PC World put a story (with yesterdays date) on 32-bit vs 64-bit Window (and bit more, and a bit less)
By a bit more I mean that they cut short on the 32-bit vs 64-bit Windows part and went LONG on the and Personalize your OS sections. They also gave a link to a Microsoft Web Site related to the 32-bit vs 64-bit Windows question:
Both of these seemed a bit LONG on the comfy chair home user its OK to Use 64-bit Windows theme and a bit short on the technical matter that I like. It’s true that its ok to run, these days, a 64-bit version of Windows. With Windows 7 this seems to be quite stable and quite capable of running 32-bit software programs as well. But what does 32-bit CPU and 64-bit CPU really mean? And what does 32-bit Windows and 64-bit Windows really mean?http://en.wikipedia.org/wiki/32-bit
A video from YouTube (not mine) about 32-bit vs 64-bit
In computer architecture, 32-bit integers, memory addresses, or other data units are those that are at most 32 bits (4 octets) wide. Also, 32-bit CPU and ALU architectures are those that are based on registers, address buses, or data buses of that size. 32-bit is also a term given to a generation of computers in which 32-bit processors were the norm.The range of integer values that can be stored in 32 bits is 0 through 4,294,967,295 or -2,147,483,648 through 2,147,483,647 using twos complement encoding. Hence, a processor with 32-bit memory addresses can directly access 4 GB of byte-addressable memory.The external address and data buses are often wider than 32 bits but both of these are stored and manipulated internally in the processor as 32-bit quantities. For example, the Pentium Pro processor is a 32-bit machine, but the external address bus is 36 bits wide, and the external data bus is 64 bits wide.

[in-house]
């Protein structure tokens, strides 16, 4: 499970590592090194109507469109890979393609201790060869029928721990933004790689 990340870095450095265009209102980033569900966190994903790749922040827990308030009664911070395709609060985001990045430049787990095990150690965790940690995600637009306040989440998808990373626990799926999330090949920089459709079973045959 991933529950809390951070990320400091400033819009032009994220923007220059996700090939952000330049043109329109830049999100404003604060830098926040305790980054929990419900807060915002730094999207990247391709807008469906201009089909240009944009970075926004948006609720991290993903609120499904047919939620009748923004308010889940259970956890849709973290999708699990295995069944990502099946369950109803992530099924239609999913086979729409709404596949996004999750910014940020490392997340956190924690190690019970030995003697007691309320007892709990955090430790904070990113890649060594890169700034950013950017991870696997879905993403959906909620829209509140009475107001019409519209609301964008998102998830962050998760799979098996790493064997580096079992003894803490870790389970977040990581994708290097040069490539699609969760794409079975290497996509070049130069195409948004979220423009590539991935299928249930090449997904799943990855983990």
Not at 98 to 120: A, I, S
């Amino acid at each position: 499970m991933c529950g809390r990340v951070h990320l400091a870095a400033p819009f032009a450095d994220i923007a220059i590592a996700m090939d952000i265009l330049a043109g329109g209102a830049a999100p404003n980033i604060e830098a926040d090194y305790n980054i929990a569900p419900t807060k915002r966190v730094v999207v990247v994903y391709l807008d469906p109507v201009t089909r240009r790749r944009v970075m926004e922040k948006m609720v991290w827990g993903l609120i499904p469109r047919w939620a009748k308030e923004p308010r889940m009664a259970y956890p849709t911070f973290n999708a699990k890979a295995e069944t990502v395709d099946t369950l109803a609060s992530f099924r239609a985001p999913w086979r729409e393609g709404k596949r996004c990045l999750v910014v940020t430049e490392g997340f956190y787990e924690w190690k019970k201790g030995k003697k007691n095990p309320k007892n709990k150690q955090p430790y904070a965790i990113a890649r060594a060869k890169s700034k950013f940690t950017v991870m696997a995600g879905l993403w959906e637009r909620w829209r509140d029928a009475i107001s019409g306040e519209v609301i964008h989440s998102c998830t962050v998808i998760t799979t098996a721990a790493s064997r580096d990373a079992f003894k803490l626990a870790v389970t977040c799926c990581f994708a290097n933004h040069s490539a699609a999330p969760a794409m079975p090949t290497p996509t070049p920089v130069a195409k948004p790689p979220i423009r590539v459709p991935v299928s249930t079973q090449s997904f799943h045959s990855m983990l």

* The Wikipedia article on 64-bit was NOT quite as nice along the explanation line
I thought it would be similar to the 32-bit one.
Visually viewing a concept very often helps it make more sense to us than just reading words about it. Look at this picture:
16-bits on an Imsai 8080 8-bit computer
This is an old 1970s to 1980s era 8-bit computer – but the address space was 16-bits. You can see it! Look at the 3rd row of LED lights on the panel. There are 16 led lights numbered from 15 through 0, or zero.So if you look at this as if its bandwidth, or how wide a chunk of something could be to be processed, then that might be instructive. Grant it this is an 8-bit computer which handles only 8-bits at a time
it was the best example that I had to show you what a 16-bit chunk of memory space would look like – if it hit you in the face
So imagine a computer with both 16-bits of address space and a 16-bit CPU chip, which equates to 64 K by the way, and then lets get better than that! If we had twice that space it would be 16 x 2 = 32-bit.